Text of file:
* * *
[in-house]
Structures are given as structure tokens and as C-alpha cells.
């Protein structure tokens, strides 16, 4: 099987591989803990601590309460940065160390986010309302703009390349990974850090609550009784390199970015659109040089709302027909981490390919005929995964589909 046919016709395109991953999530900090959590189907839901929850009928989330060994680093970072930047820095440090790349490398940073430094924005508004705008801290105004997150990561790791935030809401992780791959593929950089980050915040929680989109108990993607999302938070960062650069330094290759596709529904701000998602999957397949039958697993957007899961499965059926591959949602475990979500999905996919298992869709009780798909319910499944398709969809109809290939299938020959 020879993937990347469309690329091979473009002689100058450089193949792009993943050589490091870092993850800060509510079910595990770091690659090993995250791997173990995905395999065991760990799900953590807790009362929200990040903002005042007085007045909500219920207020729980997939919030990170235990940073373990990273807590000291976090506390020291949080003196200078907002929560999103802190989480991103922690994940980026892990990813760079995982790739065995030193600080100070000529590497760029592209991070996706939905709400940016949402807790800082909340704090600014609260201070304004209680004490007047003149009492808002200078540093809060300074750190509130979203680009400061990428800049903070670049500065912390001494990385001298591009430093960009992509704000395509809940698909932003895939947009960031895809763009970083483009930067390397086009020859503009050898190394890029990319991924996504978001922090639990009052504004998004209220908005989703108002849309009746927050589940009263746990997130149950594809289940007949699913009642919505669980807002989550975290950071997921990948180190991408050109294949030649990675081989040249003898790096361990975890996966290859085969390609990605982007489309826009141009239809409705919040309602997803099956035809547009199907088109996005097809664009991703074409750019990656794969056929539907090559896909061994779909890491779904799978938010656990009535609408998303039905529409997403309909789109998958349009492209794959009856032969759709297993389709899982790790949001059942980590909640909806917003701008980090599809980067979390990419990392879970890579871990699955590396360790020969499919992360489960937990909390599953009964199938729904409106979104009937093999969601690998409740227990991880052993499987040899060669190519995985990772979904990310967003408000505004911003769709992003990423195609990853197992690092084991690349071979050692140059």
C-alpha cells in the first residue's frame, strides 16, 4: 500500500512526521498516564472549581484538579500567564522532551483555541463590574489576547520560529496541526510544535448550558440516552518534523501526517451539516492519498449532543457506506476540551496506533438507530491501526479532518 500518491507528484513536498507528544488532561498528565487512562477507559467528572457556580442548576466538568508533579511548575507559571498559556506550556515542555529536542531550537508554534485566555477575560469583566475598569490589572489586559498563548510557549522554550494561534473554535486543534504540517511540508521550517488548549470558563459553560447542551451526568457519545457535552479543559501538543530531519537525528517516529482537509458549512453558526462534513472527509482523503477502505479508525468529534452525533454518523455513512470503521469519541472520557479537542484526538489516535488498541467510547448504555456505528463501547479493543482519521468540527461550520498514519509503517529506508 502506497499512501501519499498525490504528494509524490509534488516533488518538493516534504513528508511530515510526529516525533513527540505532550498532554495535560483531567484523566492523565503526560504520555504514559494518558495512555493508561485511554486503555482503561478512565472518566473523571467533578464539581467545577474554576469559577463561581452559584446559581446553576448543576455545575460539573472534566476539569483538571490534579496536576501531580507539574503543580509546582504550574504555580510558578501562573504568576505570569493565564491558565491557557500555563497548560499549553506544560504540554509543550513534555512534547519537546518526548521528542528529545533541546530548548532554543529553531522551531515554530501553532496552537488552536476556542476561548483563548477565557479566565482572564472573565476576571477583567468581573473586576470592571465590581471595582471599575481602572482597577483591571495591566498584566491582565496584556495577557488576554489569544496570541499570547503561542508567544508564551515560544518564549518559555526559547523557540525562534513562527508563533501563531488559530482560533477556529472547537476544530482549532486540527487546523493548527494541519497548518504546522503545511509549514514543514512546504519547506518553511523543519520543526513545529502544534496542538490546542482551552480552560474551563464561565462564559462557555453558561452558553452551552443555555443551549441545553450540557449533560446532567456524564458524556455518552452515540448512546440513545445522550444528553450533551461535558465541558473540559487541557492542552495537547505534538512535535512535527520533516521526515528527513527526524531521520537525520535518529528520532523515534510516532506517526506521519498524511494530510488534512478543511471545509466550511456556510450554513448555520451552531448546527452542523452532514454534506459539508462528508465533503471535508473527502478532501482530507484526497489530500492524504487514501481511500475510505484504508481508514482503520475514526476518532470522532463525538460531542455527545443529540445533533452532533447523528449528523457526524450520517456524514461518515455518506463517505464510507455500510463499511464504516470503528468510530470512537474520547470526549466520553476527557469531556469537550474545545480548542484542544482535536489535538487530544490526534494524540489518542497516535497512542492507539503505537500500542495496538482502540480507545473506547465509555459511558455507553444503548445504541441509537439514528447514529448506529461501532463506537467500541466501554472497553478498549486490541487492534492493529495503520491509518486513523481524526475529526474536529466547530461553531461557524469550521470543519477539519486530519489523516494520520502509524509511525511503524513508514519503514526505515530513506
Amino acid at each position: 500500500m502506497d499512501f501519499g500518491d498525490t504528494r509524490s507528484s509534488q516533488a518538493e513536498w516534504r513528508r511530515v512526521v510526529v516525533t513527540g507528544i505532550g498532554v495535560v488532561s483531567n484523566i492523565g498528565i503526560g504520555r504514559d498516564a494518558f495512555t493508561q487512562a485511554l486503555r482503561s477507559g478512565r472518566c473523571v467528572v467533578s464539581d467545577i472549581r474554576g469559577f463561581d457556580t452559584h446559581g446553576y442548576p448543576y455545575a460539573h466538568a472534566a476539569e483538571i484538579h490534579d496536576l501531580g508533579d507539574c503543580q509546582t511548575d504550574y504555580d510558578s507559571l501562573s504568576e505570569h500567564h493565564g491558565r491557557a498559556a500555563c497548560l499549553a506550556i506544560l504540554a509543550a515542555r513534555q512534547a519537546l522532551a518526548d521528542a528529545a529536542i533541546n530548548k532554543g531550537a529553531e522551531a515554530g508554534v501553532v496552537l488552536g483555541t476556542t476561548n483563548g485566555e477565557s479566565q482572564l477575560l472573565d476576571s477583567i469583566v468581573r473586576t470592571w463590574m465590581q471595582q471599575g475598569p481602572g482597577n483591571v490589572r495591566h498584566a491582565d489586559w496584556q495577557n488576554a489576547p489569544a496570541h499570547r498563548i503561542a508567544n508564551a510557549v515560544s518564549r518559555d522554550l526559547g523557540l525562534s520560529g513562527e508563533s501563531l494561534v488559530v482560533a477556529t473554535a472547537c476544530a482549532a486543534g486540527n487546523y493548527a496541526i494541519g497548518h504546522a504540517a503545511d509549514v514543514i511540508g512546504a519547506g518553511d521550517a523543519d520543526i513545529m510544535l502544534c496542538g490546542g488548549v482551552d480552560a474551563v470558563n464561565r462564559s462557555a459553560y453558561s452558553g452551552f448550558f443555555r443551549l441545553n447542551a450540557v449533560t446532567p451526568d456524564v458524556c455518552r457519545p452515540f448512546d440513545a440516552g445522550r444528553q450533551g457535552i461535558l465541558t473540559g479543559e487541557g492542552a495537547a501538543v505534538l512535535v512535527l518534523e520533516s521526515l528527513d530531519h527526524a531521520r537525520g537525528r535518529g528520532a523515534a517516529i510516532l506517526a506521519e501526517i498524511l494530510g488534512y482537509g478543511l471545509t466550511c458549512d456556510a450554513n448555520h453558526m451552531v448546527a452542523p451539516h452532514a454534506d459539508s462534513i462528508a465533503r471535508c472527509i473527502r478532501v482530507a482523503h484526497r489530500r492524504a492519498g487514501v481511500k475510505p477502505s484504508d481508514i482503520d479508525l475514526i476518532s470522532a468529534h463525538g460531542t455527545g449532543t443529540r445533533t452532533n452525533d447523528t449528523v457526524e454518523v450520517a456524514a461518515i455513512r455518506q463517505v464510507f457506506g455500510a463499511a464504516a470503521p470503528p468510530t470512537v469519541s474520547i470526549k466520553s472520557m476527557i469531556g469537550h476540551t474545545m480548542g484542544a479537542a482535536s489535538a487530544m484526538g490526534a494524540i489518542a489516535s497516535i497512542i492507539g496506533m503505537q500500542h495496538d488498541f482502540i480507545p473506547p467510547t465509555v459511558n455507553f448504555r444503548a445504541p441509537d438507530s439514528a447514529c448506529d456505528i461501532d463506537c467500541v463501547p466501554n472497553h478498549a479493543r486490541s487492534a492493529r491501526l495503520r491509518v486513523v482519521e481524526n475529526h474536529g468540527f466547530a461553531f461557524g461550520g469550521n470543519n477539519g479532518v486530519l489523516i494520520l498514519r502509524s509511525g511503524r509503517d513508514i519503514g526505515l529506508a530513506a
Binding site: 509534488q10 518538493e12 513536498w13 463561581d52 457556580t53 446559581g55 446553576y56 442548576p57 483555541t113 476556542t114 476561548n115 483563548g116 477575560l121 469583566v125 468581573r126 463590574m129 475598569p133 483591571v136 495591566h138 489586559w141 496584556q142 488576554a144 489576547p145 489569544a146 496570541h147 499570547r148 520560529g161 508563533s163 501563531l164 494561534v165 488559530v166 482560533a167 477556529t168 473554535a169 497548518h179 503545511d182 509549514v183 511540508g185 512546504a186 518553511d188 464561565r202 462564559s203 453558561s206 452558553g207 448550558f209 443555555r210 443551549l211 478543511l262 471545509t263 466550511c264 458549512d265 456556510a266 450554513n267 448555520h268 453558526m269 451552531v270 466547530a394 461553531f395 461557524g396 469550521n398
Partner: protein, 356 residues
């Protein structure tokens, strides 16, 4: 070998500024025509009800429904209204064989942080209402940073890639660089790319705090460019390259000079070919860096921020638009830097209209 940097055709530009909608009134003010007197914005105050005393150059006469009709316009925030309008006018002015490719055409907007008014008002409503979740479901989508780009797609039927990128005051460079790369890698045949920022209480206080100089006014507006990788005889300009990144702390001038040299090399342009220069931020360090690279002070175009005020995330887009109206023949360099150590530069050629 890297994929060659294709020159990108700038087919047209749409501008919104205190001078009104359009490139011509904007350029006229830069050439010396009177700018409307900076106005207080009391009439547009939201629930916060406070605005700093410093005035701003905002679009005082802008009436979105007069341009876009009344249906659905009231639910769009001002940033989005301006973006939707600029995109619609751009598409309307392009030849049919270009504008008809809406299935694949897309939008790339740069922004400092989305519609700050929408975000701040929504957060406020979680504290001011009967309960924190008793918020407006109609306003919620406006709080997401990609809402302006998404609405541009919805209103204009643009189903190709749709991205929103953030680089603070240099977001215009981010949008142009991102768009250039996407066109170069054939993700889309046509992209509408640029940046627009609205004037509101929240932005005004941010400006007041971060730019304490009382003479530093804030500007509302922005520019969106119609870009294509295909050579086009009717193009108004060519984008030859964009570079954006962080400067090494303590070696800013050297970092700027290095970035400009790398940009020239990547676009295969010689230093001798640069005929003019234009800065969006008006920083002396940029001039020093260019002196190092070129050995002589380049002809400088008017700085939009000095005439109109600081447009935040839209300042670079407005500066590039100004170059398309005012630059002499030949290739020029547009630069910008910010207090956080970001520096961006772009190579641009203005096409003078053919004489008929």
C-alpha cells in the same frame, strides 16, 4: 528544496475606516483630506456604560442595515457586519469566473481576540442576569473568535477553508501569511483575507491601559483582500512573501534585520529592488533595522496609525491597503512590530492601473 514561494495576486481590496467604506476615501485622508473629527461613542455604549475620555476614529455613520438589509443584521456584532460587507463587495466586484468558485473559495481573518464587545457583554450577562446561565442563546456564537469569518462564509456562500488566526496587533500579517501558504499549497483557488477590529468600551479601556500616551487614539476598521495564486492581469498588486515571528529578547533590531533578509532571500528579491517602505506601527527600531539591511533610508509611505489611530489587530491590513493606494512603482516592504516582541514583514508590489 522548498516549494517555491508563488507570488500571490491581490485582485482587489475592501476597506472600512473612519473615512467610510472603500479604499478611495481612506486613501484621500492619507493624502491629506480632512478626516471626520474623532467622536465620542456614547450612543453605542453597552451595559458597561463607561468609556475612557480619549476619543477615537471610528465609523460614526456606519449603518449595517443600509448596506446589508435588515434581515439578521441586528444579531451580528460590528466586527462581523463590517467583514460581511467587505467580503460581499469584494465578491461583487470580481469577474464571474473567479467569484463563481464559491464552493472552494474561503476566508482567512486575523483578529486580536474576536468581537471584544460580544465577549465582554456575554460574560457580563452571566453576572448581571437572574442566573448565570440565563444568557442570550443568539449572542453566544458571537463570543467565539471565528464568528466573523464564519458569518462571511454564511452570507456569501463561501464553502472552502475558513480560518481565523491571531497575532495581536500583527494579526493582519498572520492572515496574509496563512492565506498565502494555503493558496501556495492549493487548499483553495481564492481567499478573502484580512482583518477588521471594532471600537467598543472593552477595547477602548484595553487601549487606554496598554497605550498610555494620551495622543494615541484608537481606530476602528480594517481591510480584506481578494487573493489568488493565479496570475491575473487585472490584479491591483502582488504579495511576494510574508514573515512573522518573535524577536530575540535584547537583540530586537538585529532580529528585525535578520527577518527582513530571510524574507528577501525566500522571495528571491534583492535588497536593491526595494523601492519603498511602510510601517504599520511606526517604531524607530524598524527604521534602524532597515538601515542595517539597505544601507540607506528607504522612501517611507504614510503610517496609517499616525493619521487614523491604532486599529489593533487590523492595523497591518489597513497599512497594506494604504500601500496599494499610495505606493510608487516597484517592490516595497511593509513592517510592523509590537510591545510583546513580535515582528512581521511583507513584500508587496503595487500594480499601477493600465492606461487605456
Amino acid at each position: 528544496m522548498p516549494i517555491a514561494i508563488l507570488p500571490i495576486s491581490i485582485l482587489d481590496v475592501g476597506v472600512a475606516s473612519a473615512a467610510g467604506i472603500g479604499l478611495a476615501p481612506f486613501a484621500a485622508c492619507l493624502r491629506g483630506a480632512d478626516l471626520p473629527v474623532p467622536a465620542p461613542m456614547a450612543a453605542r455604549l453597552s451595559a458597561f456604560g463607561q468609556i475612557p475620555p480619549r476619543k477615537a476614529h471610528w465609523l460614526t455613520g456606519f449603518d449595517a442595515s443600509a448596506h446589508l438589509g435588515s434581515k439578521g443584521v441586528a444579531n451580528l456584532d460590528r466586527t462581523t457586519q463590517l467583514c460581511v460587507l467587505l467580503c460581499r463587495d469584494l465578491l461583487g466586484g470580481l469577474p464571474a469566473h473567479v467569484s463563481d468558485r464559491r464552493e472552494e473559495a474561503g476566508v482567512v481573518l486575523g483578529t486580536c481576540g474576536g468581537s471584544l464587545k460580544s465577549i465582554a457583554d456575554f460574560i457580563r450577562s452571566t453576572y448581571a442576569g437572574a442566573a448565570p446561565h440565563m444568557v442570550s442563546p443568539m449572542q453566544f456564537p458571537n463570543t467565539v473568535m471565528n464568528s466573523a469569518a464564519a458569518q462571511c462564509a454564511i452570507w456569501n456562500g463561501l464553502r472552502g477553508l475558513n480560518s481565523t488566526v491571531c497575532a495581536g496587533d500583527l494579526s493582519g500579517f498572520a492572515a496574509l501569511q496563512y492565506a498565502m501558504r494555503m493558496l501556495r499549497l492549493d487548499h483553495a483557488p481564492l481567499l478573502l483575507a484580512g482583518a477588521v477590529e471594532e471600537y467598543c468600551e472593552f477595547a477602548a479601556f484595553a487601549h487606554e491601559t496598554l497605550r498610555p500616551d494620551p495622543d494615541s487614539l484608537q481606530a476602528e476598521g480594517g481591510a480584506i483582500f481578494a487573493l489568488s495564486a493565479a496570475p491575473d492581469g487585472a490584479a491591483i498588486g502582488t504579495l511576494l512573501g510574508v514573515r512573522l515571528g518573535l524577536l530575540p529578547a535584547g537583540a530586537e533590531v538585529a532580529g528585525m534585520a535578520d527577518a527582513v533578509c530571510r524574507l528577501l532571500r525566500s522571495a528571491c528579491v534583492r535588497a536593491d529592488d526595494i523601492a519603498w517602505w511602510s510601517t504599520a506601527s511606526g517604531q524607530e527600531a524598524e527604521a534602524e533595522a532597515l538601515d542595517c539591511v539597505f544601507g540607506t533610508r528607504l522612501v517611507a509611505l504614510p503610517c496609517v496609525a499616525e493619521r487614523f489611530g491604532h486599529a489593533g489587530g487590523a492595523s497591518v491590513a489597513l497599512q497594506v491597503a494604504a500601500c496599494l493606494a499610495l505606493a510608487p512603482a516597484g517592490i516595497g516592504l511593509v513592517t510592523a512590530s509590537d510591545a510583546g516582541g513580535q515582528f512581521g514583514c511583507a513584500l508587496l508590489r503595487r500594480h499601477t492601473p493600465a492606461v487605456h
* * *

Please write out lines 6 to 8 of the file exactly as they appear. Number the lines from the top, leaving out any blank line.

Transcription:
Binding site: 509534488q10 518538493e12 513536498w13 463561581d52 457556580t53 446559581g55 446553576y56 442548576p57 483555541t113 476556542t114 476561548n115 483563548g116 477575560l121 469583566v125 468581573r126 463590574m129 475598569p133 483591571v136 495591566h138 489586559w141 496584556q142 488576554a144 489576547p145 489569544a146 496570541h147 499570547r148 520560529g161 508563533s163 501563531l164 494561534v165 488559530v166 482560533a167 477556529t168 473554535a169 497548518h179 503545511d182 509549514v183 511540508g185 512546504a186 518553511d188 464561565r202 462564559s203 453558561s206 452558553g207 448550558f209 443555555r210 443551549l211 478543511l262 471545509t263 466550511c264 458549512d265 456556510a266 450554513n267 448555520h268 453558526m269 451552531v270 466547530a394 461553531f395 461557524g396 469550521n398
Partner: protein, 356 residues
């Protein structure tokens, strides 16, 4: 070998500024025509009800429904209204064989942080209402940073890639660089790319705090460019390259000079070919860096921020638009830097209209 940097055709530009909608009134003010007197914005105050005393150059006469009709316009925030309008006018002015490719055409907007008014008002409503979740479901989508780009797609039927990128005051460079790369890698045949920022209480206080100089006014507006990788005889300009990144702390001038040299090399342009220069931020360090690279002070175009005020995330887009109206023949360099150590530069050629 890297994929060659294709020159990108700038087919047209749409501008919104205190001078009104359009490139011509904007350029006229830069050439010396009177700018409307900076106005207080009391009439547009939201629930916060406070605005700093410093005035701003905002679009005082802008009436979105007069341009876009009344249906659905009231639910769009001002940033989005301006973006939707600029995109619609751009598409309307392009030849049919270009504008008809809406299935694949897309939008790339740069922004400092989305519609700050929408975000701040929504957060406020979680504290001011009967309960924190008793918020407006109609306003919620406006709080997401990609809402302006998404609405541009919805209103204009643009189903190709749709991205929103953030680089603070240099977001215009981010949008142009991102768009250039996407066109170069054939993700889309046509992209509408640029940046627009609205004037509101929240932005005004941010400006007041971060730019304490009382003479530093804030500007509302922005520019969106119609870009294509295909050579086009009717193009108004060519984008030859964009570079954006962080400067090494303590070696800013050297970092700027290095970035400009790398940009020239990547676009295969010689230093001798640069005929003019234009800065969006008006920083002396940029001039020093260019002196190092070129050995002589380049002809400088008017700085939009000095005439109109600081447009935040839209300042670079407005500066590039100004170059398309005012630059002499030949290739020029547009630069910008910010207090956080970001520096961006772009190579641009203005096409003078053919004489008929």